His response was clear and distinct, yet he spoke through gritted teeth. “I am tired C60. That is the truth of it. Tired of the doubts and questions. For years I lived a breathed Consensus. From the beginning we are instructed that the freedom we manufacture is right for all; that every facet of every culture from the Frozen Waste to the Poisoned Ocean not only yearns for assimilation but would be improved by it. The words of our instructors ring as clear as the engines at our backs and their mantra is the narration when we dream. They teach that consent is surely given when able, and assumed when not, even as the RevCorp pack their re-education chambers with volunteers that are anything but. And yet what is this war, this Firebreak Ground Zero, but the result of their inability to implement what they have preached for generations? If there truly was hope in the great work why have we given up so completely? There is no education and production here. There is certainly no unity and those with liberty have chosen overwhelmingly to fight back. The Firebreak is an admission of failure, nothing more.
“Yet I have found no truth among the Walkers either. You who only slaughter your assailants will never know the all-encompassing remorse of a man who, without Consensus, finds only a legacy of detestable naiveté. There is no place for me in the world. This will not be a Final Glory but an escape from the truth; to utter the simple words and be thrown from the wheel of existence, gone as a prayer in the sandstorm. What better place than the heart of a Combine war machine for my story to end? What better time than now?”
His face was bleak, his eyes wet and his posture slumped. A lifetime of living a falsehood followed by tormented months of realisation had taken its toll. I moved in closer, taking his hands in mine and sliding the box from his grasp. In his ear I whispered “a thrilling narrative to be sure” and flung it through the gaping aperture behind me into the night sky. “Now here is one for you” I continued, “there once was a good soldier who obeyed every command and did his duty, including dying when he felt he had no more purpose. But once he realized that there was no glory in death, only failure, he got off his sweet ass and, get this, he just left the war zone that was the source of all his misery and started walking.”
It wasn’t the response he was expecting but I had his attention and he hadn’t killed me so I continued. “You complain there is no place for you, but you have never stepped out from under the shadow of the Combine and their fucking boats with wings. The Firebreak is not the world. I have heard that 20 million people have carved out an existence on a volcanic island surrounded by the sea. I have heard that the skyscrapers ascend into the clouds and deep into the ground below. I have heard the drinks are cold as the ocean waves and the woman are as hot as volcanic bedrock. The men too if that is your thing. Have you ever seen Chain Dog in action? I heard the skies are filled with neon colour and the streets with more distraction and entertainment than a man could swallow and store, love and abhore in a lifetime. I hear in New Opportunity you can find just that.”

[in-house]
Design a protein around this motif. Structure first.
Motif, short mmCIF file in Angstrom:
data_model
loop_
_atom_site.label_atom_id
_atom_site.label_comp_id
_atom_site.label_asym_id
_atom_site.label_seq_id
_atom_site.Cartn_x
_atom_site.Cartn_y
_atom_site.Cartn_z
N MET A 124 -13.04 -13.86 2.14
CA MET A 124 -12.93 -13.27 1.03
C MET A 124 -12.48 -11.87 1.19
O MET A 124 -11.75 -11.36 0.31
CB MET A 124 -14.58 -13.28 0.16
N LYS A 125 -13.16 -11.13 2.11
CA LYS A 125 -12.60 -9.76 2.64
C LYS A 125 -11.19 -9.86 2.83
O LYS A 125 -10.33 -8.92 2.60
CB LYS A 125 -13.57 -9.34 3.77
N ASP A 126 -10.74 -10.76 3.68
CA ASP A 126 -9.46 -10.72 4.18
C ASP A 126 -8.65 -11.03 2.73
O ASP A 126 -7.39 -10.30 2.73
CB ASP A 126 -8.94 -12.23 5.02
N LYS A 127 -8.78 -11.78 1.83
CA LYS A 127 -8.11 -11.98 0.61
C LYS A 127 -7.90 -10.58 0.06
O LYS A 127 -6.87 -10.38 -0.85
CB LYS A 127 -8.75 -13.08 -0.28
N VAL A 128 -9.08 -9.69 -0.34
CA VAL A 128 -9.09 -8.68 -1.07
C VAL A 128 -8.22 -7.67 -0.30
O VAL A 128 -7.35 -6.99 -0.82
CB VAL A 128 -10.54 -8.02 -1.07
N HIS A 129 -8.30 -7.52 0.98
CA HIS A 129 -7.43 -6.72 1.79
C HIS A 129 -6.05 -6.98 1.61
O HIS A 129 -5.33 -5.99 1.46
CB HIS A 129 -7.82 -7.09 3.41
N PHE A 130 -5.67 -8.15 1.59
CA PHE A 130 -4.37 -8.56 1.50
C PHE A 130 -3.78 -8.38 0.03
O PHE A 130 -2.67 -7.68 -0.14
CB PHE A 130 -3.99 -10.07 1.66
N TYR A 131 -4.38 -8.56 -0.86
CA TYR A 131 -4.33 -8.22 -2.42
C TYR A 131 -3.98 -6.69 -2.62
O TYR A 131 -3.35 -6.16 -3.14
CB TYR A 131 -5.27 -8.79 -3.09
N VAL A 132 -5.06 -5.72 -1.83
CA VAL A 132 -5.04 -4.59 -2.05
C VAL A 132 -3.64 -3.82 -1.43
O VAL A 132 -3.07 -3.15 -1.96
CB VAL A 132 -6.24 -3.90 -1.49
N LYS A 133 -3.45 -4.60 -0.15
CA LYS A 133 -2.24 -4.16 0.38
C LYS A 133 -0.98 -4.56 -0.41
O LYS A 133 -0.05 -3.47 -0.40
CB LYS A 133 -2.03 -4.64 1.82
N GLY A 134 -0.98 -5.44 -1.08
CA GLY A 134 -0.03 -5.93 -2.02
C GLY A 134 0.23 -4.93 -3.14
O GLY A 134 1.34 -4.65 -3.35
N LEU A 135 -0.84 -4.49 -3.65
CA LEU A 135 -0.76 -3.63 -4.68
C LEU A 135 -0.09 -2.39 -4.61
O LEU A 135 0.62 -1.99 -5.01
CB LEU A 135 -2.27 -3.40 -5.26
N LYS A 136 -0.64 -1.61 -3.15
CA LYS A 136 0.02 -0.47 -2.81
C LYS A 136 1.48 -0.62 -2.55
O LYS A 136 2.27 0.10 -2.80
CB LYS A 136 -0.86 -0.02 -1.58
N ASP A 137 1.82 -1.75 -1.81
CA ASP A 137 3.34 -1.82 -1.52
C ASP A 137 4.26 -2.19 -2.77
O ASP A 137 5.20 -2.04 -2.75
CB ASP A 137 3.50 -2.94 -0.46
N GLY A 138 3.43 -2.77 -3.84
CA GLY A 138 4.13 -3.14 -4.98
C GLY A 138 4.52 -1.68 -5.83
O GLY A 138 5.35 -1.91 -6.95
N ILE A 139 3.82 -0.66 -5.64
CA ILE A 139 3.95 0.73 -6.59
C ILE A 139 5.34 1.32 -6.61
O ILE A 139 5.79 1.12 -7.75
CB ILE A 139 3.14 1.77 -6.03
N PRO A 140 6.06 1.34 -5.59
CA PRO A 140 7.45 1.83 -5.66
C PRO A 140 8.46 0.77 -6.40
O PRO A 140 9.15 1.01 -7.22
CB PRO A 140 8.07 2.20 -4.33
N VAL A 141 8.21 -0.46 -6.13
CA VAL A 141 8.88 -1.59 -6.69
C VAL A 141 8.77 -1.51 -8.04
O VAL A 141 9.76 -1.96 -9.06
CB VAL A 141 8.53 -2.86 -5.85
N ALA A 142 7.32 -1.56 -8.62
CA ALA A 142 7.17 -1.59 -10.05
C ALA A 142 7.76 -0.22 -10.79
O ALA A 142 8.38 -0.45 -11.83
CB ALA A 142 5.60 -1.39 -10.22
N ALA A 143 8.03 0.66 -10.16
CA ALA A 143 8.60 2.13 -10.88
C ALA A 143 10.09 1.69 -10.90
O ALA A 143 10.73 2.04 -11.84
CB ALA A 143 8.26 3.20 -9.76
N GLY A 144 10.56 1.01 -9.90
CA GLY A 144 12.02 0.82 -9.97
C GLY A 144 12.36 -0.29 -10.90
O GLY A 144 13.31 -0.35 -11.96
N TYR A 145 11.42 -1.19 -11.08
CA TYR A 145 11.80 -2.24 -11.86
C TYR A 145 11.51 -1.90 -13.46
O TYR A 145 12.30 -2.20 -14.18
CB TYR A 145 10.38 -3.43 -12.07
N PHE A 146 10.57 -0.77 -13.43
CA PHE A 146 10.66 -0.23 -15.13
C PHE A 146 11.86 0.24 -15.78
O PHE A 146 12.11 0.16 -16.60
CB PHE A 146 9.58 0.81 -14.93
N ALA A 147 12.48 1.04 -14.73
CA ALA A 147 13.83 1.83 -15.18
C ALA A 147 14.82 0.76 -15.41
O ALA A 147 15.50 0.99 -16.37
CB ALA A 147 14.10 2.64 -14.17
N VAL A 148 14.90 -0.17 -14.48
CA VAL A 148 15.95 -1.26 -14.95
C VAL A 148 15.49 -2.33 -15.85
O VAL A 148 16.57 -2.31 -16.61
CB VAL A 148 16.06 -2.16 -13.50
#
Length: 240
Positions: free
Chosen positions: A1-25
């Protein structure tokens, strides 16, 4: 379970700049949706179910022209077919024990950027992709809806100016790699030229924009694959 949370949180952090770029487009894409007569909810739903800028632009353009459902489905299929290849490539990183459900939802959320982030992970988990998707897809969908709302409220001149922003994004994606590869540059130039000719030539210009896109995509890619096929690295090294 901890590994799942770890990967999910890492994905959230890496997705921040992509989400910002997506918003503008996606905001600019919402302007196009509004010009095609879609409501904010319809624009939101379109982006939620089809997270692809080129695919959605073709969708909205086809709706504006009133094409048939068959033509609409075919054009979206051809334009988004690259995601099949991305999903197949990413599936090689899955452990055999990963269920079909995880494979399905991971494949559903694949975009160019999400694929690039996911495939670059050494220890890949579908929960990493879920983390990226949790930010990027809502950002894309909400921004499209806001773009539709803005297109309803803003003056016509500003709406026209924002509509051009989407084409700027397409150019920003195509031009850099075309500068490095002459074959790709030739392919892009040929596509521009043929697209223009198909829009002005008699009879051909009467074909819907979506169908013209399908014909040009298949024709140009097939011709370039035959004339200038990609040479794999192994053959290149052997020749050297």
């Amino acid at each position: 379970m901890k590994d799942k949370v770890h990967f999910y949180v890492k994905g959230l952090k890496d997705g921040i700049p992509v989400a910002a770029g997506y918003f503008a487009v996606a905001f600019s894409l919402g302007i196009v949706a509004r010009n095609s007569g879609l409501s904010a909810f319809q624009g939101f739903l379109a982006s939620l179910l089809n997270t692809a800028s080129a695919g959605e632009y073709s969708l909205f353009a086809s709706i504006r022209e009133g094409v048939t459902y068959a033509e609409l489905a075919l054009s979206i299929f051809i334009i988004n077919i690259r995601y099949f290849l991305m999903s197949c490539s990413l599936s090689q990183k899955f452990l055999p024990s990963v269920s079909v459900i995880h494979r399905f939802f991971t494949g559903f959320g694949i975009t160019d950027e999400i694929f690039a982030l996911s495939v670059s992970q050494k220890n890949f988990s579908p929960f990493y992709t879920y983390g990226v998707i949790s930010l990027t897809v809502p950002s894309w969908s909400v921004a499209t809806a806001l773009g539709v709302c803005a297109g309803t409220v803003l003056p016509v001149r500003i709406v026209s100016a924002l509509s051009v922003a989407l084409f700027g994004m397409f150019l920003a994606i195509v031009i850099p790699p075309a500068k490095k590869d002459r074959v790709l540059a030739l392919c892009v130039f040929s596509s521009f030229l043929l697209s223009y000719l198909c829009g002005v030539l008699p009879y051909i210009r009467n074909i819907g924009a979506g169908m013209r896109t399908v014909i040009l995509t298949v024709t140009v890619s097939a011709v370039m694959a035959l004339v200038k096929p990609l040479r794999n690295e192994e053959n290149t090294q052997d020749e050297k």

I pause for a moment to reflect before continuing. “You say you can’t be a Walker but here you sit, unmoving and unwilling to see through anything other than the narrow aperture the Combine left you with. Being a Walker just means making your life your own. There are a million different versions of Stratos waiting out there, each one a better representation of you than this miserable shell and I am ready to leave when you are.”
The idea had flooded over me all at once but I became aware in that moment that I too had grown impatient with the pace of life out here along the edge of the Firebreak. It was not here that I would find the meaning of Ascension. I hoped Stratos would come with me but I would leave without him if not. For long seconds I feared my words had not reached him. Then his postured shifted subtly, both a relaxing and a tightening, a summoning of purpose. Slowly he climbed to his feet and moved passed me out onto the New Dawn’s hull, muttering something about “too much holovision.”